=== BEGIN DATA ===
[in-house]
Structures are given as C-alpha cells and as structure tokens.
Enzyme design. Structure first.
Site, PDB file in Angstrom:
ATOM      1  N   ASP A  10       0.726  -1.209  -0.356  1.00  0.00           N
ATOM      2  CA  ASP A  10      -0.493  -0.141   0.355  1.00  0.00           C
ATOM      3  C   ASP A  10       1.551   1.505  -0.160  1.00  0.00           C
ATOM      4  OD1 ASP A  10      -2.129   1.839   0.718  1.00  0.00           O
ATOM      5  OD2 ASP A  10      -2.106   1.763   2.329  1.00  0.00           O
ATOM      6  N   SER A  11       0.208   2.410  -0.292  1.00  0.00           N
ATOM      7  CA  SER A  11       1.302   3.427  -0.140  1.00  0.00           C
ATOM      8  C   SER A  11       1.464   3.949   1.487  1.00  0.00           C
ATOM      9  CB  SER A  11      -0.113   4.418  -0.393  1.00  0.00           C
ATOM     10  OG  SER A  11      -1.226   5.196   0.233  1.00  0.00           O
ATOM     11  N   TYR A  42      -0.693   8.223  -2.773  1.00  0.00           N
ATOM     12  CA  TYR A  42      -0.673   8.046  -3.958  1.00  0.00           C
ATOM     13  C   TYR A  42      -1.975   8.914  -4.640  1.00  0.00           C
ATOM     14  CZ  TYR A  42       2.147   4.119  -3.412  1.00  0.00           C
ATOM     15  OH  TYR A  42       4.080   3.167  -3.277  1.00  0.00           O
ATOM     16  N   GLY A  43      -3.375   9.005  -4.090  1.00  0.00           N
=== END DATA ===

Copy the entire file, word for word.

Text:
[in-house]
Structures are given as C-alpha cells and as structure tokens.
Enzyme design. Structure first.
Site, PDB file in Angstrom:
ATOM      1  N   ASP A  10       0.726  -1.209  -0.356  1.00  0.00           N
ATOM      2  CA  ASP A  10      -0.493  -0.141   0.355  1.00  0.00           C
ATOM      3  C   ASP A  10       1.551   1.505  -0.160  1.00  0.00           C
ATOM      4  OD1 ASP A  10      -2.129   1.839   0.718  1.00  0.00           O
ATOM      5  OD2 ASP A  10      -2.106   1.763   2.329  1.00  0.00           O
ATOM      6  N   SER A  11       0.208   2.410  -0.292  1.00  0.00           N
ATOM      7  CA  SER A  11       1.302   3.427  -0.140  1.00  0.00           C
ATOM      8  C   SER A  11       1.464   3.949   1.487  1.00  0.00           C
ATOM      9  CB  SER A  11      -0.113   4.418  -0.393  1.00  0.00           C
ATOM     10  OG  SER A  11      -1.226   5.196   0.233  1.00  0.00           O
ATOM     11  N   TYR A  42      -0.693   8.223  -2.773  1.00  0.00           N
ATOM     12  CA  TYR A  42      -0.673   8.046  -3.958  1.00  0.00           C
ATOM     13  C   TYR A  42      -1.975   8.914  -4.640  1.00  0.00           C
ATOM     14  CZ  TYR A  42       2.147   4.119  -3.412  1.00  0.00           C
ATOM     15  OH  TYR A  42       4.080   3.167  -3.277  1.00  0.00           O
ATOM     16  N   GLY A  43      -3.375   9.005  -4.090  1.00  0.00           N